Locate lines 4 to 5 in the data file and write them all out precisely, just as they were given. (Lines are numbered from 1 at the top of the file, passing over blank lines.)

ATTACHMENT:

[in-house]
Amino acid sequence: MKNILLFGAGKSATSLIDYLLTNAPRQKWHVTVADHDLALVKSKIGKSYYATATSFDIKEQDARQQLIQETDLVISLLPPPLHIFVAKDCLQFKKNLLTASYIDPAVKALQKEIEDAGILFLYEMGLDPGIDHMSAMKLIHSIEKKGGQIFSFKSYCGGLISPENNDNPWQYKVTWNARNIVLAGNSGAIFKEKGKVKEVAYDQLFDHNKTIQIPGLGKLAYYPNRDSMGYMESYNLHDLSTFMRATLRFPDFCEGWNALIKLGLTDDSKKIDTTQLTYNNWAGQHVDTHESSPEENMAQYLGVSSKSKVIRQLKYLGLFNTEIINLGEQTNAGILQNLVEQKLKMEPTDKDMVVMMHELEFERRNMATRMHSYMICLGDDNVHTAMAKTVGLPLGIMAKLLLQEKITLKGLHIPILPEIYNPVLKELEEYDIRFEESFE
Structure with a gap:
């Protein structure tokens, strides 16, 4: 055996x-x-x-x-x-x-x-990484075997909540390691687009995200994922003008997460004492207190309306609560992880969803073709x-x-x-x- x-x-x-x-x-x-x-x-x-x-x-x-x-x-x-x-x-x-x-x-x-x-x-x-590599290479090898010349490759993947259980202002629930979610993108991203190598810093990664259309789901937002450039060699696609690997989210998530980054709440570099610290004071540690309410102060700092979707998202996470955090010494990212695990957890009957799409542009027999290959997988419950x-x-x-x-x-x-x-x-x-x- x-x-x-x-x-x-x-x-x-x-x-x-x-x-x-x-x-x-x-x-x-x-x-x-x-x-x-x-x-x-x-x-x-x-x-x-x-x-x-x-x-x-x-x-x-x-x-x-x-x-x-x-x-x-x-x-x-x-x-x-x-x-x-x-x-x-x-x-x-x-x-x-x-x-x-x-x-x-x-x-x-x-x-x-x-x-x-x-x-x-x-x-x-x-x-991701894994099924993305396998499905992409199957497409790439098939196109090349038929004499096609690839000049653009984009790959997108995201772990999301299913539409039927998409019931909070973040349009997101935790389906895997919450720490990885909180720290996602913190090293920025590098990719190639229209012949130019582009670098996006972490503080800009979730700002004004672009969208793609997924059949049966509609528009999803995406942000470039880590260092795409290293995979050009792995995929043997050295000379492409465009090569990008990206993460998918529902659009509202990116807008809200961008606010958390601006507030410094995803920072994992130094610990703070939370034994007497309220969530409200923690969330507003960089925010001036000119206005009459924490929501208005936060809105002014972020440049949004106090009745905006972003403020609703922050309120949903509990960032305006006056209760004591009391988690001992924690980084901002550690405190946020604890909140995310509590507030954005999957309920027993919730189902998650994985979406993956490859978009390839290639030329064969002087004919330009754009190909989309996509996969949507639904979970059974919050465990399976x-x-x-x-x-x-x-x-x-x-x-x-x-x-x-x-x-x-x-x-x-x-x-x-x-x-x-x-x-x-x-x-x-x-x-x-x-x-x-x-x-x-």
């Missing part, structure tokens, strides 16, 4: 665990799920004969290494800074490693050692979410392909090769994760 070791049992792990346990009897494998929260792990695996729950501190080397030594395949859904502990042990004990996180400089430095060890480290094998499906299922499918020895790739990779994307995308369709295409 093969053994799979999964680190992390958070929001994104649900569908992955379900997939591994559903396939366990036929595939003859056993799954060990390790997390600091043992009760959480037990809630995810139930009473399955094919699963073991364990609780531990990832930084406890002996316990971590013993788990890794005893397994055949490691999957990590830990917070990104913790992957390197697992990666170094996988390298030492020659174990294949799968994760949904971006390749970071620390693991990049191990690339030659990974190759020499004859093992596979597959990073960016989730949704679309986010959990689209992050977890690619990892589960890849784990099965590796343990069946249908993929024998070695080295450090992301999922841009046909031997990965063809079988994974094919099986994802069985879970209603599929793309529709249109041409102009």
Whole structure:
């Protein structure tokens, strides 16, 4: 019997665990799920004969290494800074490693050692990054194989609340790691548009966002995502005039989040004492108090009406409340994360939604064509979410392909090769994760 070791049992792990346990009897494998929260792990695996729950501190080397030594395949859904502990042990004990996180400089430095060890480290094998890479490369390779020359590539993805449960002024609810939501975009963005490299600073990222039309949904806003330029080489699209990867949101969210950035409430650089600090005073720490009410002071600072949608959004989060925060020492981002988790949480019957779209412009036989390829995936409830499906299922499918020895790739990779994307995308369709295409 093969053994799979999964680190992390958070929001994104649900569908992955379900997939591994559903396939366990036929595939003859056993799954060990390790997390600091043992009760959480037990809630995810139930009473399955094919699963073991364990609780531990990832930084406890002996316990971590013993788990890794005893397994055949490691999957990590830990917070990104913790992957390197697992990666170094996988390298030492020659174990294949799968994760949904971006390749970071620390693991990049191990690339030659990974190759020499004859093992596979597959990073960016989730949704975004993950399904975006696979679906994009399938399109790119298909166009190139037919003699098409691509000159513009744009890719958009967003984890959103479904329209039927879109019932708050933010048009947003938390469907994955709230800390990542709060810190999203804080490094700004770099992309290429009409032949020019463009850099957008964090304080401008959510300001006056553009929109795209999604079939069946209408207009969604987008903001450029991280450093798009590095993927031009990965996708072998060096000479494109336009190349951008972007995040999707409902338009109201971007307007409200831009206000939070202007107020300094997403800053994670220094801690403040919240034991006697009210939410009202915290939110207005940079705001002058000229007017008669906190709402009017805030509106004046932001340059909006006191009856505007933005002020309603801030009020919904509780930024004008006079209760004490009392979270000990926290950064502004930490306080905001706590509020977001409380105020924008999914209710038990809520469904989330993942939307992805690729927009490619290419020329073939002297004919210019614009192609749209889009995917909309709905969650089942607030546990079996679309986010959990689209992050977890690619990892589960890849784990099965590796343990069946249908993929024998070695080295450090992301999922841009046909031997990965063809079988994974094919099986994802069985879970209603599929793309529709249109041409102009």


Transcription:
């Protein structure tokens, strides 16, 4: 055996x-x-x-x-x-x-x-990484075997909540390691687009995200994922003008997460004492207190309306609560992880969803073709x-x-x-x- x-x-x-x-x-x-x-x-x-x-x-x-x-x-x-x-x-x-x-x-x-x-x-x-590599290479090898010349490759993947259980202002629930979610993108991203190598810093990664259309789901937002450039060699696609690997989210998530980054709440570099610290004071540690309410102060700092979707998202996470955090010494990212695990957890009957799409542009027999290959997988419950x-x-x-x-x-x-x-x-x-x- x-x-x-x-x-x-x-x-x-x-x-x-x-x-x-x-x-x-x-x-x-x-x-x-x-x-x-x-x-x-x-x-x-x-x-x-x-x-x-x-x-x-x-x-x-x-x-x-x-x-x-x-x-x-x-x-x-x-x-x-x-x-x-x-x-x-x-x-x-x-x-x-x-x-x-x-x-x-x-x-x-x-x-x-x-x-x-x-x-x-x-x-x-x-x-991701894994099924993305396998499905992409199957497409790439098939196109090349038929004499096609690839000049653009984009790959997108995201772990999301299913539409039927998409019931909070973040349009997101935790389906895997919450720490990885909180720290996602913190090293920025590098990719190639229209012949130019582009670098996006972490503080800009979730700002004004672009969208793609997924059949049966509609528009999803995406942000470039880590260092795409290293995979050009792995995929043997050295000379492409465009090569990008990206993460998918529902659009509202990116807008809200961008606010958390601006507030410094995803920072994992130094610990703070939370034994007497309220969530409200923690969330507003960089925010001036000119206005009459924490929501208005936060809105002014972020440049949004106090009745905006972003403020609703922050309120949903509990960032305006006056209760004591009391988690001992924690980084901002550690405190946020604890909140995310509590507030954005999957309920027993919730189902998650994985979406993956490859978009390839290639030329064969002087004919330009754009190909989309996509996969949507639904979970059974919050465990399976x-x-x-x-x-x-x-x-x-x-x-x-x-x-x-x-x-x-x-x-x-x-x-x-x-x-x-x-x-x-x-x-x-x-x-x-x-x-x-x-x-x-």
């Missing part, structure tokens, strides 16, 4: 665990799920004969290494800074490693050692979410392909090769994760 070791049992792990346990009897494998929260792990695996729950501190080397030594395949859904502990042990004990996180400089430095060890480290094998499906299922499918020895790739990779994307995308369709295409 093969053994799979999964680190992390958070929001994104649900569908992955379900997939591994559903396939366990036929595939003859056993799954060990390790997390600091043992009760959480037990809630995810139930009473399955094919699963073991364990609780531990990832930084406890002996316990971590013993788990890794005893397994055949490691999957990590830990917070990104913790992957390197697992990666170094996988390298030492020659174990294949799968994760949904971006390749970071620390693991990049191990690339030659990974190759020499004859093992596979597959990073960016989730949704679309986010959990689209992050977890690619990892589960890849784990099965590796343990069946249908993929024998070695080295450090992301999922841009046909031997990965063809079988994974094919099986994802069985879970209603599929793309529709249109041409102009």